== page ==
New York University's Jay Rosen asserts that the authority of the press is weakened by the Internet. To simplify his idea, it's because the one-to-many of legacy media has been replaced by a one-to-many-who-share dynamic.
It's no longer a matter of being connected "up" to the media, but out to others. The audience "atomization" has been overcome.
"In the age of mass media, the press was able to define the sphere of legitimate debate with relative ease because the people on the receiving end were atomized— meaning they were connected “up” to Big Media but not across to each other. But today one of the biggest factors changing our world is the falling cost for like-minded people to locate each other, share information, trade impressions and realize their number."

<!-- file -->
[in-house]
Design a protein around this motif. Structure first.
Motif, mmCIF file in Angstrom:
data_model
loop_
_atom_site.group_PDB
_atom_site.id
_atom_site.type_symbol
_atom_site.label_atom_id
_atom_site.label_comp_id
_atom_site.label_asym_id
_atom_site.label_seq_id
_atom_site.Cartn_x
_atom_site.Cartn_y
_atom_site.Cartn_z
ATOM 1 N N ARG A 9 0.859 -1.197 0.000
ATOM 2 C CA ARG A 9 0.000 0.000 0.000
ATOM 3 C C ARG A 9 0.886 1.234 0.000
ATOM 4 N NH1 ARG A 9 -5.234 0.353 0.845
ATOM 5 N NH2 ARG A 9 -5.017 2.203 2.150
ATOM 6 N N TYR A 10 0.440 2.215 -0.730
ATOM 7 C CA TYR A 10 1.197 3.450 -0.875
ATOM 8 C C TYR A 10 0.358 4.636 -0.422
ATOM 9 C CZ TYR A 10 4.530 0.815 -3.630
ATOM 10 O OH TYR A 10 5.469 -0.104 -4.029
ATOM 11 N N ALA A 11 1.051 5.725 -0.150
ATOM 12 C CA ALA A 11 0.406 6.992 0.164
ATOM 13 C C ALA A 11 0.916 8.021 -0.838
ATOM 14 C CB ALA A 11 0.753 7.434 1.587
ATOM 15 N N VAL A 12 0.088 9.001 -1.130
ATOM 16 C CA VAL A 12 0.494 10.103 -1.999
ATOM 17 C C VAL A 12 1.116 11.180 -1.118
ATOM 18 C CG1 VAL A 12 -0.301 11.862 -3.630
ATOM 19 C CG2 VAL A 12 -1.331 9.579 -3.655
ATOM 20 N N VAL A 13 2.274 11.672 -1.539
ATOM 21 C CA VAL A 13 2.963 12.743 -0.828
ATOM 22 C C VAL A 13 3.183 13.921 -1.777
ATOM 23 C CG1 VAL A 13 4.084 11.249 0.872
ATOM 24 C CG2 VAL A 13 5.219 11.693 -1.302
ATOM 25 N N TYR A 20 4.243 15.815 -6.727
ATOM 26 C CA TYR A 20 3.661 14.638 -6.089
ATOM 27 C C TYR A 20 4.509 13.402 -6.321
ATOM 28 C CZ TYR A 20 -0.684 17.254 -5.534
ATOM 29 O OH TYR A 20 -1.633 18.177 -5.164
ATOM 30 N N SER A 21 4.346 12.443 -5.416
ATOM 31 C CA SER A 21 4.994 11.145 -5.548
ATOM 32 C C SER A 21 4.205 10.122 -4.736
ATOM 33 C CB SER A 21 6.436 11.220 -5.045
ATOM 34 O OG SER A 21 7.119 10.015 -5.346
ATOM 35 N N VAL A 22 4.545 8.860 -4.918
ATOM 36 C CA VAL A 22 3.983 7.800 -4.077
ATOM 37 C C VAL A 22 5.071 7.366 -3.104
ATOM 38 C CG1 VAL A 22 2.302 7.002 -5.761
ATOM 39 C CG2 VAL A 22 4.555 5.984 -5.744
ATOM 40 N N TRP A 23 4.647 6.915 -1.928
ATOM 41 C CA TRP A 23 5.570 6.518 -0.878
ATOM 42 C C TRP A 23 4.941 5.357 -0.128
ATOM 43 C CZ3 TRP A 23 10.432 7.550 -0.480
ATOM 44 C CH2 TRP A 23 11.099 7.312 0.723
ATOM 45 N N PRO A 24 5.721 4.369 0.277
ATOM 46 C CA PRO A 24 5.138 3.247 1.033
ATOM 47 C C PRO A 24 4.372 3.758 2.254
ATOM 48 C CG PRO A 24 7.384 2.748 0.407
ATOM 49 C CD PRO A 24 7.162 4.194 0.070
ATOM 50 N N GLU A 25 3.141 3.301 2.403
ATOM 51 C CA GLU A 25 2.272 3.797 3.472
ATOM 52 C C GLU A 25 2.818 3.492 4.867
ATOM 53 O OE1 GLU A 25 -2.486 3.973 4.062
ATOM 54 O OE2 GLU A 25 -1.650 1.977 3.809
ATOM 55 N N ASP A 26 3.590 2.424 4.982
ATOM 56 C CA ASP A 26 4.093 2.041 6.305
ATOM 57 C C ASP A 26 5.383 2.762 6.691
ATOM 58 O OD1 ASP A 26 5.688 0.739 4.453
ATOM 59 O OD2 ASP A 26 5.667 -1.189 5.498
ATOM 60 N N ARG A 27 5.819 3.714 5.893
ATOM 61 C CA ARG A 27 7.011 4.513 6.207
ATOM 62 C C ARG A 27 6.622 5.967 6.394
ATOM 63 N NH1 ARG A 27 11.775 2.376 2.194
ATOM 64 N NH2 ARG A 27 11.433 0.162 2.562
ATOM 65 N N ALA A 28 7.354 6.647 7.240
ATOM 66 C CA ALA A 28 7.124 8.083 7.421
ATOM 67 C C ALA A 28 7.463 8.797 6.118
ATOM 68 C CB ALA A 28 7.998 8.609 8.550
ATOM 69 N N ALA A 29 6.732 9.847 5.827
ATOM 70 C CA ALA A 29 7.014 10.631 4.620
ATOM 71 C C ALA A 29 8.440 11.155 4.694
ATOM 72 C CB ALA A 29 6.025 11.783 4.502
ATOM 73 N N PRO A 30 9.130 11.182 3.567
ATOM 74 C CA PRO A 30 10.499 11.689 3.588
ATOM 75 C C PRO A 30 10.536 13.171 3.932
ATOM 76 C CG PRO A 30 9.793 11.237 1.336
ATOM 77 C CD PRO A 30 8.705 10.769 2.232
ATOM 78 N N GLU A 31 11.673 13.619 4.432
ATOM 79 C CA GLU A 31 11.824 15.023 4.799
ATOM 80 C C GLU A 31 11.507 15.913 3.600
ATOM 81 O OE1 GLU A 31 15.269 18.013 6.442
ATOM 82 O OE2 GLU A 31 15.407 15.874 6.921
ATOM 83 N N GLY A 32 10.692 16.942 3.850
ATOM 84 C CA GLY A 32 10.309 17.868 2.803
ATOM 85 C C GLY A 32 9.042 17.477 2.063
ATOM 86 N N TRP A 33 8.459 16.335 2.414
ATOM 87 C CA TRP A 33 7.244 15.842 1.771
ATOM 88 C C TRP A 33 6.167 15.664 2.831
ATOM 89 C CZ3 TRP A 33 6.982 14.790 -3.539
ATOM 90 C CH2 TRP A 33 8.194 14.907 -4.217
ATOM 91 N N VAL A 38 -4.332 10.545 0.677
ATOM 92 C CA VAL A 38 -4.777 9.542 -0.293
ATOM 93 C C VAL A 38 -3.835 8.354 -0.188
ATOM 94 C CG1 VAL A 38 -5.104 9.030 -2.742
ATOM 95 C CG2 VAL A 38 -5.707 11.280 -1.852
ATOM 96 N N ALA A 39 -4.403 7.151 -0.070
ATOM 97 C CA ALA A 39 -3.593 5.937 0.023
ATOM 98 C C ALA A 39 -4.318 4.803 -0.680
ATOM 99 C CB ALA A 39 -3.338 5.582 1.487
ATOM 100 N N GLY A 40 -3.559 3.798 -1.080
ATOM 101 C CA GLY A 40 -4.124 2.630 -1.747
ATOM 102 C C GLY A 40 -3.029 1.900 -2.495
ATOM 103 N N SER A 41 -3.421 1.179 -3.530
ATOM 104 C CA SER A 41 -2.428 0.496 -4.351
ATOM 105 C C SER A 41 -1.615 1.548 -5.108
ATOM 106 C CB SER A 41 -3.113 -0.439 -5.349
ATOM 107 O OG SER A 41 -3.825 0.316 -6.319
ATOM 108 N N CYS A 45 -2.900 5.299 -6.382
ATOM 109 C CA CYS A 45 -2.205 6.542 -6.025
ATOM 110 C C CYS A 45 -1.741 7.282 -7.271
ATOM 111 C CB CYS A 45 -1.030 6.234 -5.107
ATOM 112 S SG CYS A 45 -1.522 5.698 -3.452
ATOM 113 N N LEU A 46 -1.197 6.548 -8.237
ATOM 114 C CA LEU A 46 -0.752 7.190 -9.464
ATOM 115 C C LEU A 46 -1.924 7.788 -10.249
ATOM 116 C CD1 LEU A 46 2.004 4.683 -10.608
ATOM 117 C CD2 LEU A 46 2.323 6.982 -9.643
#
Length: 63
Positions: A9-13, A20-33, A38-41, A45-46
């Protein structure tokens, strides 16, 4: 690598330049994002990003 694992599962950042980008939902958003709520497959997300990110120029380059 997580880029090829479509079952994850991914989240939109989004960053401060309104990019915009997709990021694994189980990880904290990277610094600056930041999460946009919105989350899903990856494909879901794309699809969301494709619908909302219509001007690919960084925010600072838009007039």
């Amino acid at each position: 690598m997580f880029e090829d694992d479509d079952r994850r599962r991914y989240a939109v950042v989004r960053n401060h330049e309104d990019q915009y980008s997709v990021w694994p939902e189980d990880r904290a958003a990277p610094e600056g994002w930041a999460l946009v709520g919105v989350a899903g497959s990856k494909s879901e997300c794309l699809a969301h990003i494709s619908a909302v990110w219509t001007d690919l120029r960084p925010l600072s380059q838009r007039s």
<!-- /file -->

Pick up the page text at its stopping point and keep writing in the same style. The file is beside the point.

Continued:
Rosen provides a good look at what constitutes legitimate debate and other public spheres in information. It's a worthwhile read.